By Elizabeth Speakman
As the US braces for the expansion of COVID-19 (Coronavirus), schools and many organizations are altering their traditional delivery methods and using technology-based platforms. Institutions, including those with nursing programs, have been conducting emergency sessions and professional development series to help faculty/employees convert traditional modalities into technology modalities. The question is: Should nursing education have been better prepared? Have traditional teaching techniques, especially in prelicensure education, caused us to be outdated?
The fact that care delivery today, and certainly in the future, is and will be done in some matter, shape, or form through virtual platforms is no longer a supposition. Federal agencies and many states are quickly adopting legislation to implement or expand the use of telehealth in healthcare delivery systems across the US, and, in the very near future, telehealth will be considered the norm versus the oddity. The current pandemic is case in point. Telehealth is now one of the strategies used to maintain status and supplement the shortage of healthcare providers in certain regions of the US.
But, are our nurse graduates able to move easily into these modalities? Have we offered enough learning opportunities to prepare them to deliver safe and quality care via technology platforms? Nochomovitz and Sharma (2018) urged early adopters and thought leaders to be prepared to work together and develop formalized curricula and training so that the health care professional “virtualist” will have a substantial impact on care delivery.
Clearly, all health care educators, as well as nurse educators, have recognized the need to increase these learning opportunities, but akin to the resurgence of interprofessional education and collaborative practice, the migration to providing these opportunities has been slow. So, how has the evolution of COVID-19 underscored why nursing education needs to include telelearning and telehealth learning opportunities? Simply put, we must prepare a workforce-ready nurse who can deliver care in virtual health environments. Slovensky, Malvey, and Neigel (2017) cautioned that educators, in a relatively short period of time, will need to build competencies in telemedicine technologies in order to achieve desirable patient and organizational outcomes. That time is now.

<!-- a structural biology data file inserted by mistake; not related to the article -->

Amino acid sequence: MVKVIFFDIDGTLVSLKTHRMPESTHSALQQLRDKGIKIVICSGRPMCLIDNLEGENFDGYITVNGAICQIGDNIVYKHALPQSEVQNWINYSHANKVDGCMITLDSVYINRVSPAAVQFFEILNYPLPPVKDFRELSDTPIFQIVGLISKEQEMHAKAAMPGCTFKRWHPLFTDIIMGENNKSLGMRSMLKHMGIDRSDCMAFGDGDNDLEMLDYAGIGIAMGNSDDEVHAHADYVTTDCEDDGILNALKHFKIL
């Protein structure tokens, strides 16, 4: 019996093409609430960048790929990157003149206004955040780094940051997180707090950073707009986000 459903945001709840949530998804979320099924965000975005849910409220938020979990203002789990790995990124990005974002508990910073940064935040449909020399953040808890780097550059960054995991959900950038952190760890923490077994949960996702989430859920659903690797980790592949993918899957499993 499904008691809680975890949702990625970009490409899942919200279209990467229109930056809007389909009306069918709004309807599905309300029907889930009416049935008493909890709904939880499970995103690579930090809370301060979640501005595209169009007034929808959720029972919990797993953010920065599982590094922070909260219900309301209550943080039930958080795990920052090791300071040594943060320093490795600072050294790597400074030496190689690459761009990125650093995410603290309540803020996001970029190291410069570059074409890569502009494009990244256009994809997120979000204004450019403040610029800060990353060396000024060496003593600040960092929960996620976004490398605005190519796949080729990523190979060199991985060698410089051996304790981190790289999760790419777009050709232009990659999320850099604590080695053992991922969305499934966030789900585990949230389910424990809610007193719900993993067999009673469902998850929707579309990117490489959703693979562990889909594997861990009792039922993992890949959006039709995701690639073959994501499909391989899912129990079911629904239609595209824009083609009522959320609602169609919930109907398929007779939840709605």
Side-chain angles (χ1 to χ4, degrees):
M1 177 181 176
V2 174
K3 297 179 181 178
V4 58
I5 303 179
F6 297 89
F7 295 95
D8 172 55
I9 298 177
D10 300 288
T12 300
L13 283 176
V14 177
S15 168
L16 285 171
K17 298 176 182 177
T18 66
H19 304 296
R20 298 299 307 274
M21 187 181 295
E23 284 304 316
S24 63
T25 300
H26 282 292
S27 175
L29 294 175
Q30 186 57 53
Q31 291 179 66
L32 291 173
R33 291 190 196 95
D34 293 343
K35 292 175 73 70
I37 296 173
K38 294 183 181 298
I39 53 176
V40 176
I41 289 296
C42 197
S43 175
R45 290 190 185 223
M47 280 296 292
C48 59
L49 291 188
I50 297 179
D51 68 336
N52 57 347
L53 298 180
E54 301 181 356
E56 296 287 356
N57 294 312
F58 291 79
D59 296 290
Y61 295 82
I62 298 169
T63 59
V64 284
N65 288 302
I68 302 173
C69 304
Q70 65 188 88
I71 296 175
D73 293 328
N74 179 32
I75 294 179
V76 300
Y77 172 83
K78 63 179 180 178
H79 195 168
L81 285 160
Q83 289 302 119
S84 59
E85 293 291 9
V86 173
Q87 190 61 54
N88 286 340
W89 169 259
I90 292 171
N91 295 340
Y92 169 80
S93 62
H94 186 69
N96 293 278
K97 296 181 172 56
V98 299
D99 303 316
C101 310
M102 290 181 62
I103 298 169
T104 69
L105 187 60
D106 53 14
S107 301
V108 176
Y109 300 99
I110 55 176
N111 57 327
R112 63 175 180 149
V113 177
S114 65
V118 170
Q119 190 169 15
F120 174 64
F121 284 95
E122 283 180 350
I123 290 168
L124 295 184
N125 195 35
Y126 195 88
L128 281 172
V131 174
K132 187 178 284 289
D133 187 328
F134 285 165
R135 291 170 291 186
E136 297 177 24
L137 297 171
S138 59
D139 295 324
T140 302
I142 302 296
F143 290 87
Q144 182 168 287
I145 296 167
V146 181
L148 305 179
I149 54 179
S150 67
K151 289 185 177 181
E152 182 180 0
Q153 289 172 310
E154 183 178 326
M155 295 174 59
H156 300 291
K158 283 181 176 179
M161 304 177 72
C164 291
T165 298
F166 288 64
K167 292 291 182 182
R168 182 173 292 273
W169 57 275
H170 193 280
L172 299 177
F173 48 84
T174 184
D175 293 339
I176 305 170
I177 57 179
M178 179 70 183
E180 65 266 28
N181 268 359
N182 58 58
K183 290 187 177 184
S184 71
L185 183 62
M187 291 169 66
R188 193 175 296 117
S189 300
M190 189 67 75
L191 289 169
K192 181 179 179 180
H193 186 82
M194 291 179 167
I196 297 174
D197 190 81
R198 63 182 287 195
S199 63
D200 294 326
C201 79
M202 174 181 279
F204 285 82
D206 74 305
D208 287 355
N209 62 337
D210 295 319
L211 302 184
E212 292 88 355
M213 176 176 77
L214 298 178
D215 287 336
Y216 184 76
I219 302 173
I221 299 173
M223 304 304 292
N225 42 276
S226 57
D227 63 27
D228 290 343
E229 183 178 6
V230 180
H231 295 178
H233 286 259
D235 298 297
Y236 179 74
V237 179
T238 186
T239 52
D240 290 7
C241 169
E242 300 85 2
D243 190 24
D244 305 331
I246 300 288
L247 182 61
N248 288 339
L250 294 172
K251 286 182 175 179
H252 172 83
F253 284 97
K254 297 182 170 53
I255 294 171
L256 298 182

The literature is replete with articles indicating that today’s students learn best in environments that are technology rich. But how has nursing education capitalized on these skills and prepared students to deliver care as virtualists? For the most part, I would venture we have not. The conundrum may be that nurse educators themselves lack formal education and/or clinical experience and feel ill prepared to develop telelearning and telehealth curricula.
One solution could be the use of virtual platforms like ZOOM™, which is relatively inexpensive and readily available. The ZOOM platform can provide telelearning experiences during the early part of the nursing curriculum with students engaging in case study analysis and care planning, and then again using ZOOM-HIPPA™ for telehealth experiences in the latter part of the nursing curriculum with live patient encounters or standardized patients. Students with no imposed physical boundaries will simply log on to a pre-set URL and begin to plan and provide care.
Serendipitously, virtual telelearning opportunities can also alleviate the logistical challenges associated with in-person clinical experiences, the challenge facing all nursing programs today as schools are closing due to the coronavirus pandemic. Since both telelearning and telehealth experiences can also be done interprofessionally, they can be advantageous in easing the angst of logistics associated with IPE, since the use of a virtual platform such as ZOOM or ZOOM HIPPA allows students to remain in place. Finally, it is important to note that nursing education has a long and established history of adapting to public health emergencies and meeting societal needs.
Unfortunately, COVID-19 has set new boundaries and expectations and it’s time for nursing education to re-think and re-conceptualize how and what curricula best serve the student and society. Nurse educators must be proactive and prepare students to work in 21st century diverse and dynamic technology-rich health care systems. This pandemic has certainly highlighted that traditional nursing education may just not be good enough!
Nochomovitz, M., & Sharma, R. (2018, February 6). Is it time for a new medical specialty? The medical virtualist. Journal of the American Medical Association, 319(5), 437-438.
Slovensky, D. J., Malvey, D. H., & Neigel, A. R. (2017). A model for mHealth skills training for clinicians: Meeting the future now. mHealth, 3, 24. doi: 10.21037/mhealth.2017.05.03